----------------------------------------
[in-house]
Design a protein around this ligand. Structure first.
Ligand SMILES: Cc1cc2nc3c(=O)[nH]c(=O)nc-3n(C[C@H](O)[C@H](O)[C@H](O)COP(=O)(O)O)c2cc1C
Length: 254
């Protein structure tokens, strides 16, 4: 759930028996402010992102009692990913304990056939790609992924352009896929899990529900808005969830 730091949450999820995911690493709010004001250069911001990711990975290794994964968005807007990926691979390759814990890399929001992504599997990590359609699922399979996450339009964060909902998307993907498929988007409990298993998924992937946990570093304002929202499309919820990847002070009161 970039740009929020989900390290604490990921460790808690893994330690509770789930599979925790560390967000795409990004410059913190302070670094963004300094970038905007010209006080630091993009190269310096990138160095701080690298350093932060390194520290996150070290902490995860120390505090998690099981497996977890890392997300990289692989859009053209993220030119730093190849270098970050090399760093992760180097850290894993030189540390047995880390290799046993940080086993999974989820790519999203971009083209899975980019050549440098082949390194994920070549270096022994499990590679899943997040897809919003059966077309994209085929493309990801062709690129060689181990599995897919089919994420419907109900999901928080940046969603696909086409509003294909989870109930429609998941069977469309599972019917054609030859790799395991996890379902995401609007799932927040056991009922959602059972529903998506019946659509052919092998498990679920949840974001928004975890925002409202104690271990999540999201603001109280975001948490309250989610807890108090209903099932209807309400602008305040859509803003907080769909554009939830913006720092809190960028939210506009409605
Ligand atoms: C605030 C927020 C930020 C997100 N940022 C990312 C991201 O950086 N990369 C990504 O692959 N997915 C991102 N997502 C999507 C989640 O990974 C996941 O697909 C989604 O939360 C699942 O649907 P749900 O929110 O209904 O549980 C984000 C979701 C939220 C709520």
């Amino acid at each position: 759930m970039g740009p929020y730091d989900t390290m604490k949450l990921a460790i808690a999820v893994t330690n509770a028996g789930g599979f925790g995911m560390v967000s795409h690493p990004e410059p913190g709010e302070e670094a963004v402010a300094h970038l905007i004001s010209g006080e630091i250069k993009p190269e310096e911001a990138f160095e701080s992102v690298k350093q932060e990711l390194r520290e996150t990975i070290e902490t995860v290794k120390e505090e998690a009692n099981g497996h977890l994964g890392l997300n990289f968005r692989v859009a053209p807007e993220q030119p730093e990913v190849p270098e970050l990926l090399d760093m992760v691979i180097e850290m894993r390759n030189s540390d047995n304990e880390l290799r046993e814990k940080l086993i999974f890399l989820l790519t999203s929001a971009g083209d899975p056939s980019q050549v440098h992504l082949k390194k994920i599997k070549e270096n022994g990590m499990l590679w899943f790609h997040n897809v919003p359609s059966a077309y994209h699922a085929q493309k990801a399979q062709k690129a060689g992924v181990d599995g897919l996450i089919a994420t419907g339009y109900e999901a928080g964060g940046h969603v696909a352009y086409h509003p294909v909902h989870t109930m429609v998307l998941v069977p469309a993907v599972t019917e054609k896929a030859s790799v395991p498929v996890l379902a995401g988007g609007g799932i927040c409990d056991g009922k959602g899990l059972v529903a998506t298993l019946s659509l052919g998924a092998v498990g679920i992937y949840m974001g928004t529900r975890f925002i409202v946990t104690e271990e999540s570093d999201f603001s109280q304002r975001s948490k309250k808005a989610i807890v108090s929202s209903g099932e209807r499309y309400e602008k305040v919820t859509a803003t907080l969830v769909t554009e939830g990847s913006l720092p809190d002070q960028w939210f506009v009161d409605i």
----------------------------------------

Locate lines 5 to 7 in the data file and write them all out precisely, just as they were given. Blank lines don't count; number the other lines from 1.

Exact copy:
């Protein structure tokens, strides 16, 4: 759930028996402010992102009692990913304990056939790609992924352009896929899990529900808005969830 730091949450999820995911690493709010004001250069911001990711990975290794994964968005807007990926691979390759814990890399929001992504599997990590359609699922399979996450339009964060909902998307993907498929988007409990298993998924992937946990570093304002929202499309919820990847002070009161 970039740009929020989900390290604490990921460790808690893994330690509770789930599979925790560390967000795409990004410059913190302070670094963004300094970038905007010209006080630091993009190269310096990138160095701080690298350093932060390194520290996150070290902490995860120390505090998690099981497996977890890392997300990289692989859009053209993220030119730093190849270098970050090399760093992760180097850290894993030189540390047995880390290799046993940080086993999974989820790519999203971009083209899975980019050549440098082949390194994920070549270096022994499990590679899943997040897809919003059966077309994209085929493309990801062709690129060689181990599995897919089919994420419907109900999901928080940046969603696909086409509003294909989870109930429609998941069977469309599972019917054609030859790799395991996890379902995401609007799932927040056991009922959602059972529903998506019946659509052919092998498990679920949840974001928004975890925002409202104690271990999540999201603001109280975001948490309250989610807890108090209903099932209807309400602008305040859509803003907080769909554009939830913006720092809190960028939210506009409605
Ligand atoms: C605030 C927020 C930020 C997100 N940022 C990312 C991201 O950086 N990369 C990504 O692959 N997915 C991102 N997502 C999507 C989640 O990974 C996941 O697909 C989604 O939360 C699942 O649907 P749900 O929110 O209904 O549980 C984000 C979701 C939220 C709520």
């Amino acid at each position: 759930m970039g740009p929020y730091d989900t390290m604490k949450l990921a460790i808690a999820v893994t330690n509770a028996g789930g599979f925790g995911m560390v967000s795409h690493p990004e410059p913190g709010e302070e670094a963004v402010a300094h970038l905007i004001s010209g006080e630091i250069k993009p190269e310096e911001a990138f160095e701080s992102v690298k350093q932060e990711l390194r520290e996150t990975i070290e902490t995860v290794k120390e505090e998690a009692n099981g497996h977890l994964g890392l997300n990289f968005r692989v859009a053209p807007e993220q030119p730093e990913v190849p270098e970050l990926l090399d760093m992760v691979i180097e850290m894993r390759n030189s540390d047995n304990e880390l290799r046993e814990k940080l086993i999974f890399l989820l790519t999203s929001a971009g083209d899975p056939s980019q050549v440098h992504l082949k390194k994920i599997k070549e270096n022994g990590m499990l590679w899943f790609h997040n897809v919003p359609s059966a077309y994209h699922a085929q493309k990801a399979q062709k690129a060689g992924v181990d599995g897919l996450i089919a994420t419907g339009y109900e999901a928080g964060g940046h969603v696909a352009y086409h509003p294909v909902h989870t109930m429609v998307l998941v069977p469309a993907v599972t019917e054609k896929a030859s790799v395991p498929v996890l379902a995401g988007g609007g799932i927040c409990d056991g009922k959602g899990l059972v529903a998506t298993l019946s659509l052919g998924a092998v498990g679920i992937y949840m974001g928004t529900r975890f925002i409202v946990t104690e271990e999540s570093d999201f603001s109280q304002r975001s948490k309250k808005a989610i807890v108090s929202s209903g099932e209807r499309y309400e602008k305040v919820t859509a803003t907080l969830v769909t554009e939830g990847s913006l720092p809190d002070q960028w939210f506009v009161d409605i």